Just had to comment on your blog post. Have been looking for people who are going through the similar pain that I have been with my carpal tunnel syndrome. I have tried a combination of Tumeric and Bromelain that seems to help a bit. I have been using a AWESOME brace I got from this link: http://www.braceability.com/wrist-braces-w rist-supports-wrist-splints-hand-and-w rist-braces Hopefully some of my suggestions will help a bit! Good luck!
5/20/2013 9:37:12 PM
I had carpal tunnel surgery and it was no picnic let me tell you. I suffered for about 8 years before I was diagnosed with it. The two test that are given to determine if you have carpar tunnel or not is really painful. The longer you wait to have the surgery if needed the less likely you will feel better. My doctor told me that it depends on how extensive the injury will be how well you will heal, and for the surgery to help. I am glad I had the surgery but I waited to long. I still have some pain but not like I used to. I'm happy for how I feel now. My jobs have always consisted of "data entry" and that's where it began, but that's all I know. Well hope this helps a little, good luck to anyone who decided to have surgery.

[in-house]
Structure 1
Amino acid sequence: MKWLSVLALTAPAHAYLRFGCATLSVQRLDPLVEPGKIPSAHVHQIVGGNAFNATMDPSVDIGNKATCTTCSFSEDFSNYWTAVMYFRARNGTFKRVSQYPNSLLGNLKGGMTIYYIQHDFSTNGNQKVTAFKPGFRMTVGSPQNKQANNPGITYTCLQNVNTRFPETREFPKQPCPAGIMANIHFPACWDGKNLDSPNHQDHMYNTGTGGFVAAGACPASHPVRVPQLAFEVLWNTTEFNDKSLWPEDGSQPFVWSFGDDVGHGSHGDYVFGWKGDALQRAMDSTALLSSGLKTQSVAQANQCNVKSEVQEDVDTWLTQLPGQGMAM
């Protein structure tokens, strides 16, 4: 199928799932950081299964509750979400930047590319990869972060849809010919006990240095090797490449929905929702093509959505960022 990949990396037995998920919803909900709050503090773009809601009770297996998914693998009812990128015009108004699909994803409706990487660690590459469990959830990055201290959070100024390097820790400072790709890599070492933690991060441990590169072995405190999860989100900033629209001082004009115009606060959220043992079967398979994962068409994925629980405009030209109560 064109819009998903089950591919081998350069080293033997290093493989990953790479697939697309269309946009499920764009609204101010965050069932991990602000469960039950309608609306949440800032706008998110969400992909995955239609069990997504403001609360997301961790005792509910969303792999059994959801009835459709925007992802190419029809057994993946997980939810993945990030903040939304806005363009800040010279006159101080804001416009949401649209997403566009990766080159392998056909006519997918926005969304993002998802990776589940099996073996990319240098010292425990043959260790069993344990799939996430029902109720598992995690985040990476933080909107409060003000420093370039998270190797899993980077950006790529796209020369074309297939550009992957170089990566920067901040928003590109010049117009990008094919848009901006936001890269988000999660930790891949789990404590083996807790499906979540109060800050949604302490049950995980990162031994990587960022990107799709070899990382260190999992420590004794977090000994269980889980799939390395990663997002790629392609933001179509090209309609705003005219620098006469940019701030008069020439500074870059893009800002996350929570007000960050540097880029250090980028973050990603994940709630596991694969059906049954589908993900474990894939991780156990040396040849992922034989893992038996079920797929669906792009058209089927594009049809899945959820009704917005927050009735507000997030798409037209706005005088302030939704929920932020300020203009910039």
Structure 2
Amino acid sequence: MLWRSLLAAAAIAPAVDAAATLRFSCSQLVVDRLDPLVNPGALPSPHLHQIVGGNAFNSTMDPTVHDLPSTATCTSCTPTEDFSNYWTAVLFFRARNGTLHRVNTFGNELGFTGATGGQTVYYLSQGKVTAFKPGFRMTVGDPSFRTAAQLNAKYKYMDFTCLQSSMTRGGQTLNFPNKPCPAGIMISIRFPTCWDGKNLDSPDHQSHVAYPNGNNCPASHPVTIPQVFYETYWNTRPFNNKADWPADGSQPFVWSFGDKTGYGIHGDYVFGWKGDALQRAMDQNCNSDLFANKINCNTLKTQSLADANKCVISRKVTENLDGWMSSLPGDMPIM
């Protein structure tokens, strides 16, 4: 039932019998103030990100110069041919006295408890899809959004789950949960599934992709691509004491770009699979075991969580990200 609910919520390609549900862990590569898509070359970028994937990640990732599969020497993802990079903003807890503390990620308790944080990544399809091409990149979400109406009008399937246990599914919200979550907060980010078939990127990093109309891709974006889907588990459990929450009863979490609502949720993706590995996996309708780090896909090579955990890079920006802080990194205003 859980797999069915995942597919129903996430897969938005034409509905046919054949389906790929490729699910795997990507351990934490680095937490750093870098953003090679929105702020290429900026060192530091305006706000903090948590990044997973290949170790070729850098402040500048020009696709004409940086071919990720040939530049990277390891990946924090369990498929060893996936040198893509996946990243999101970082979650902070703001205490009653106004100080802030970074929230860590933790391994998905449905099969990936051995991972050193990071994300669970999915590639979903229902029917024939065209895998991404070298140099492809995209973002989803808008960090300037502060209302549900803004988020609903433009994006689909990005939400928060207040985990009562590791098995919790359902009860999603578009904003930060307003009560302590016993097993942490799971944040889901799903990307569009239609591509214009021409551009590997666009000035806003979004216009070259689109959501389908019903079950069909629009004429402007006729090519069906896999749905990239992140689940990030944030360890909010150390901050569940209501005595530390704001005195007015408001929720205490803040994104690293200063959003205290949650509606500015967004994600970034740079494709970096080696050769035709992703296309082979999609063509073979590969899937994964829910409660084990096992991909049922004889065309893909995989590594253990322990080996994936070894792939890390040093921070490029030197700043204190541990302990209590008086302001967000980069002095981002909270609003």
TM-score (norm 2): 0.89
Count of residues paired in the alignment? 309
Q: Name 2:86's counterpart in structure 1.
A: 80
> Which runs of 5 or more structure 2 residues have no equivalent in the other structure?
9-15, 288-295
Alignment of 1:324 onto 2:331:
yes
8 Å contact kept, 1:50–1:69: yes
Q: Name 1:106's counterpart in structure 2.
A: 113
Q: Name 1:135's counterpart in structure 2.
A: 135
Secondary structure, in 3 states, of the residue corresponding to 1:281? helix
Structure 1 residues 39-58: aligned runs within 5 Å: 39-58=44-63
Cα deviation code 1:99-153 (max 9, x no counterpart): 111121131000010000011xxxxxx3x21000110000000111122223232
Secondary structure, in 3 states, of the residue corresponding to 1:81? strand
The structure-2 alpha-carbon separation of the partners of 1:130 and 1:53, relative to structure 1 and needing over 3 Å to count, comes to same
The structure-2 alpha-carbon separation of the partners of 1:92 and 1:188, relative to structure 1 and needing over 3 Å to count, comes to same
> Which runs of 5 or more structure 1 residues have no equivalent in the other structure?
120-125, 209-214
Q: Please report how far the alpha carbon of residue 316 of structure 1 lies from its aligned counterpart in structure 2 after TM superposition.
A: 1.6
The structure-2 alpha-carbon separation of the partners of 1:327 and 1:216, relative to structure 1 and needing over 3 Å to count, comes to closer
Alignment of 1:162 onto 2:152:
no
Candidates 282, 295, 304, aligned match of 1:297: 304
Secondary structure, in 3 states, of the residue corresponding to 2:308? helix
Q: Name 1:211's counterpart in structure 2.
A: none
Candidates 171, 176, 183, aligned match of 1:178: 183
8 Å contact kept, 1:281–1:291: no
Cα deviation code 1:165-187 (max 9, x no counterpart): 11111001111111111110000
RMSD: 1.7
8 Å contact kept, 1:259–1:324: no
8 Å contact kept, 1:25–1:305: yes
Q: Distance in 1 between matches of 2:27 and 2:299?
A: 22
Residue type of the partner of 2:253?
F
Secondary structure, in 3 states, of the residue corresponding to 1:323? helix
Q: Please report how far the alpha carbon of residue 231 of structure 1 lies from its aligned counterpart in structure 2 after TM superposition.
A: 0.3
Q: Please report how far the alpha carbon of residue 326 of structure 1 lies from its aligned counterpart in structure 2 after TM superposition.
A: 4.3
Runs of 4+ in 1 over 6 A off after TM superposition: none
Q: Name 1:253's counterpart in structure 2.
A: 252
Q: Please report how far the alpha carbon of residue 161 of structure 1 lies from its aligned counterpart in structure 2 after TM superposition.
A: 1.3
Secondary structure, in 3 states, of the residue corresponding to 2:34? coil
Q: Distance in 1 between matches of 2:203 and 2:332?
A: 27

I actually had all of the symptoms you described about 5 years ago when I was editing a report of several hundred pages, single-handed (no pun intended). I lost the grip strength in my right hand for several months, and went to several different orthopedists, and finally to a physical medicine and rehabilitation specialist (physiatrist).
The first orthopedist did not take my symptoms seriously and offered nothing. The second one misdiagnosed me and tentatively suggested surgery as a possible solution to my problem. The physiatrist finally gave me the treatment that made the difference. These three only agreed on one thing: it wasn't carpal tunnel syndrome. In fact, there is a book out there appropriately titled: It's Not Carpal Tunnel Syndrome! RSI Theory & Therapy for Computer Professionals. Jack Bellis (Author), Suparna Damany (Author) It's basically a soft tissue injury that results from overuse, like tendinitis.
Once I got the right treatment, it took me about 6 months to recover. The physiatrist prescribed hot and cold water treatments for immediate pain control: soak the affected arm and hand in very hot water for two minutes, followed by soaking in very cold water for two minutes. Repeat, alternating hot and cold water for a total of 10-12 minutes. Then he prescribed several rounds of prolotherapy. For more on this, go to: www.treatingpain.com. Strengthening the upper body and maintaining good posture help too.
I benefited from all of the treatments. I also benefited greatly from an ergonomic evaluation of my work station. I learned the right way to sit and adjust my station, and I learned what to look for in office furniture. I got a new keyboard tray that elevates the mouse pad so I can keep my hands at a constant height and in a neutral position whether using the keys or a mouse. I also got a "natural" keyboard. While waiting for the pain relief to kick in, I began using the mouse in my left hand, and after about a month or so, I made the switch permanent to reduce the strain on my right hand.